175th anniversary of indian arrivalin guiana ... may 05, 2013 آ  promenade garden scholarship fun...

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    May 30 2013 Vol 3 Issue 5

    Guyana Cultural Association of New York Inc.on-line Magazine

    Guyana Cultural Association of New York Inc. on-line Magazine







    Photograph: The Andrew Jeffrey Facebook Collection

  • Guyana Cultural Association of New York Inc. on-line Magazine


    It is with great pleasure that we present the May edition of the Guyana Folk Festival online magazine.

    Last month we highlighted some ensuing issues relating to the garbage accumulating in the city of Georgetown and its environs.

    We received mammoth responses and we understand that steps to ‘Clean up Guyana and Nice up Guyana’ are

    afoot to alleviate the problem. This month, we celebrate and remember the role and

    often unheralded responsibilities of mothers on Mother’s Day. This is not the only day on which we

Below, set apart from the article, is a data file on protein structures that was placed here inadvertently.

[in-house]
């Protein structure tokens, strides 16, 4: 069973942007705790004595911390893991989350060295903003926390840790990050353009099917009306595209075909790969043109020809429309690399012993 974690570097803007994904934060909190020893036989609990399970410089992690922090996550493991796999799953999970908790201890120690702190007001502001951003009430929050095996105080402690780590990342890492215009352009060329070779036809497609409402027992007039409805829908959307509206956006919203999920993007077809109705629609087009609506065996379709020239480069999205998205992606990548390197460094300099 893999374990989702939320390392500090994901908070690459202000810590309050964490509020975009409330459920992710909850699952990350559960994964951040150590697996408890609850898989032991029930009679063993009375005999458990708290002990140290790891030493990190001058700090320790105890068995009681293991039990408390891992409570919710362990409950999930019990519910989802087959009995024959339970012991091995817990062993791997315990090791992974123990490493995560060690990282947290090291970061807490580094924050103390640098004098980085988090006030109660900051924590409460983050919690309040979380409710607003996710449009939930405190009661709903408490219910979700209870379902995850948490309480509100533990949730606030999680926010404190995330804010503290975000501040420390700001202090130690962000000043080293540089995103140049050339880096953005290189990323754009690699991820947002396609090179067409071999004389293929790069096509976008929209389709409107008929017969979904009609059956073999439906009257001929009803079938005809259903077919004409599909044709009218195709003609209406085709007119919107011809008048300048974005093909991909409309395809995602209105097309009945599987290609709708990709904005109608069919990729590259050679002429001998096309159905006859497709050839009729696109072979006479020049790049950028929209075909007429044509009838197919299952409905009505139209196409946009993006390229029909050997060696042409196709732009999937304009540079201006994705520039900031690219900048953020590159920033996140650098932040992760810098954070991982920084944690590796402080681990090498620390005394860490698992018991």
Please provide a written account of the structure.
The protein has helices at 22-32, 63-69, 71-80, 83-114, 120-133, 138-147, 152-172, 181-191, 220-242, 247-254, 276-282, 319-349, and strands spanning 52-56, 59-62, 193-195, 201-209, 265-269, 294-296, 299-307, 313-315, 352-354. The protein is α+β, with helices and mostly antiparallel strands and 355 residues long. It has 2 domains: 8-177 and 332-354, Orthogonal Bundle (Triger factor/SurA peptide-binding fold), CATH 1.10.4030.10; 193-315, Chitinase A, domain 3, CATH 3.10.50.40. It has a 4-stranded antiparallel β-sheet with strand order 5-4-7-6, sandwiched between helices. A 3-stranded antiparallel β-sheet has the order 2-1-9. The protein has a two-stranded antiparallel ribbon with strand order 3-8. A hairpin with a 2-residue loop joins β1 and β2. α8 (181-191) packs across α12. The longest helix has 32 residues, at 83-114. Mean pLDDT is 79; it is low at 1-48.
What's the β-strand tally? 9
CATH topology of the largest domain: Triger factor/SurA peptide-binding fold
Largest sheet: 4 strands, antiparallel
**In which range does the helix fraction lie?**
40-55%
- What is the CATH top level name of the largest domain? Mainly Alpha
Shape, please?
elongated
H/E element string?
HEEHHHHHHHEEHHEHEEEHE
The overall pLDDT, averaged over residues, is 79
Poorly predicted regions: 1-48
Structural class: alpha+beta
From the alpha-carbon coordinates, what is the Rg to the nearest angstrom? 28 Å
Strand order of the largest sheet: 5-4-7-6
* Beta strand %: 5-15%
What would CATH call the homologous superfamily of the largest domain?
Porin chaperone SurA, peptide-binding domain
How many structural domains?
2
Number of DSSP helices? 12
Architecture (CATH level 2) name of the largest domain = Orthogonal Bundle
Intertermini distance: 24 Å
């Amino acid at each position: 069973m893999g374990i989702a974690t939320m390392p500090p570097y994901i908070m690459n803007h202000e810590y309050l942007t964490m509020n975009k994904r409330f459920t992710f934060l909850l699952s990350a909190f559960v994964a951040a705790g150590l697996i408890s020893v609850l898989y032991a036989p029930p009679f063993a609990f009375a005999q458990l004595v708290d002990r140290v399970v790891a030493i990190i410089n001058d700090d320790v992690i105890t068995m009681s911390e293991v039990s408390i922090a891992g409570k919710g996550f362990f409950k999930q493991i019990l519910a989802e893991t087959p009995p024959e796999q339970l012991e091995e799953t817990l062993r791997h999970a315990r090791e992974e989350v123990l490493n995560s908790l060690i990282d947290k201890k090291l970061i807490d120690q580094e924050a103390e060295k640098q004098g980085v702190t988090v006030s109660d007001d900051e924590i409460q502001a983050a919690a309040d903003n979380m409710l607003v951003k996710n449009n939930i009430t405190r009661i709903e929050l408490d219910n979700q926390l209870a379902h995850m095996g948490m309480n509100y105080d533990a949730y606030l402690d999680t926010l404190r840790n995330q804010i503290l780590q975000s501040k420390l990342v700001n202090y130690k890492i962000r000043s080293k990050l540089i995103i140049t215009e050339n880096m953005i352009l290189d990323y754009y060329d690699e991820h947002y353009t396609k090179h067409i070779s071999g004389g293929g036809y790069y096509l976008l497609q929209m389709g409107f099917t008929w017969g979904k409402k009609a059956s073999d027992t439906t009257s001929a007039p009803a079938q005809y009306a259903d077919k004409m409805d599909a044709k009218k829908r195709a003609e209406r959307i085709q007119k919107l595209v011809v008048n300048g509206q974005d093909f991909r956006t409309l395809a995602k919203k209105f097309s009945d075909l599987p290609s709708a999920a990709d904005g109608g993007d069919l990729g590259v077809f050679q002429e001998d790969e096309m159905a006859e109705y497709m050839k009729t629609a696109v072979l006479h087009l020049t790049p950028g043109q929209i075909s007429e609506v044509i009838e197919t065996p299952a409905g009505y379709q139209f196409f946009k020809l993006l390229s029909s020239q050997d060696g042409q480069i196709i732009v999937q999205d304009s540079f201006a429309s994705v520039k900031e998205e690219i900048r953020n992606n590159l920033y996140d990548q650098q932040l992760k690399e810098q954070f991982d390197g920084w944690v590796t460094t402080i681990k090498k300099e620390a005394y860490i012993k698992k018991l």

should pay tribute, but rather every day should be Mother’s day. Significantly, the nurturing role of motherhood is also ably carried out in our society and community by those who are not biologically connected, but play a prominent role as mentors, teachers, surrogates, counselors, care givers and

    role models in so many of our lives that tend to go unnoticed. In this issue we recognize all mothers,

    but particularly those who have been victims of sexual assault, as eloquently documented by Francis Quamina Farrier.

    Domestic violence is a problem that extends beyond the family, including the workplace, where it compromises the dignity and safety of employees.